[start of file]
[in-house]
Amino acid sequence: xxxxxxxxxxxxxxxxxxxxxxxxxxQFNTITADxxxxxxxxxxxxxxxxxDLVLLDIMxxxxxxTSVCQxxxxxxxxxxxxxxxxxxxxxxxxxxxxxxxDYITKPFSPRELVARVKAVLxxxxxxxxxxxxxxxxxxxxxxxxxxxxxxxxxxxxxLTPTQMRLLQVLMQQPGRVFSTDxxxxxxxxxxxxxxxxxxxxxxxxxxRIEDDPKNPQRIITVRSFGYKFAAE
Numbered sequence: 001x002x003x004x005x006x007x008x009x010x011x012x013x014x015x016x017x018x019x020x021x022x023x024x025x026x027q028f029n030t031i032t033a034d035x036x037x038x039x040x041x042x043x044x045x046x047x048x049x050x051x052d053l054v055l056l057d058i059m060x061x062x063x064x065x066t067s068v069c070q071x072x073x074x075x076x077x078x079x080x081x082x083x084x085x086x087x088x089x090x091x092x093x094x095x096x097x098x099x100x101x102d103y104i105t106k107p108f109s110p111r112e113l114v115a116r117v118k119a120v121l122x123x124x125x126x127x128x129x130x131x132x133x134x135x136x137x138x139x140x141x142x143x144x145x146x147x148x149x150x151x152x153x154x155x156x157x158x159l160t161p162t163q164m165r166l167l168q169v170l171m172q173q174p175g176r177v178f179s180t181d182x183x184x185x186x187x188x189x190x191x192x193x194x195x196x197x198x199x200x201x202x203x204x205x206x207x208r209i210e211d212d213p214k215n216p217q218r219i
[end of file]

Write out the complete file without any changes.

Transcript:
[in-house]
Amino acid sequence: xxxxxxxxxxxxxxxxxxxxxxxxxxQFNTITADxxxxxxxxxxxxxxxxxDLVLLDIMxxxxxxTSVCQxxxxxxxxxxxxxxxxxxxxxxxxxxxxxxxDYITKPFSPRELVARVKAVLxxxxxxxxxxxxxxxxxxxxxxxxxxxxxxxxxxxxxLTPTQMRLLQVLMQQPGRVFSTDxxxxxxxxxxxxxxxxxxxxxxxxxxRIEDDPKNPQRIITVRSFGYKFAAE
Numbered sequence: 001x002x003x004x005x006x007x008x009x010x011x012x013x014x015x016x017x018x019x020x021x022x023x024x025x026x027q028f029n030t031i032t033a034d035x036x037x038x039x040x041x042x043x044x045x046x047x048x049x050x051x052d053l054v055l056l057d058i059m060x061x062x063x064x065x066t067s068v069c070q071x072x073x074x075x076x077x078x079x080x081x082x083x084x085x086x087x088x089x090x091x092x093x094x095x096x097x098x099x100x101x102d103y104i105t106k107p108f109s110p111r112e113l114v115a116r117v118k119a120v121l122x123x124x125x126x127x128x129x130x131x132x133x134x135x136x137x138x139x140x141x142x143x144x145x146x147x148x149x150x151x152x153x154x155x156x157x158x159l160t161p162t163q164m165r166l167l168q169v170l171m172q173q174p175g176r177v178f179s180t181d182x183x184x185x186x187x188x189x190x191x192x193x194x195x196x197x198x199x200x201x202x203x204x205x206x207x208r209i210e211d212d213p214k215n216p217q218r219i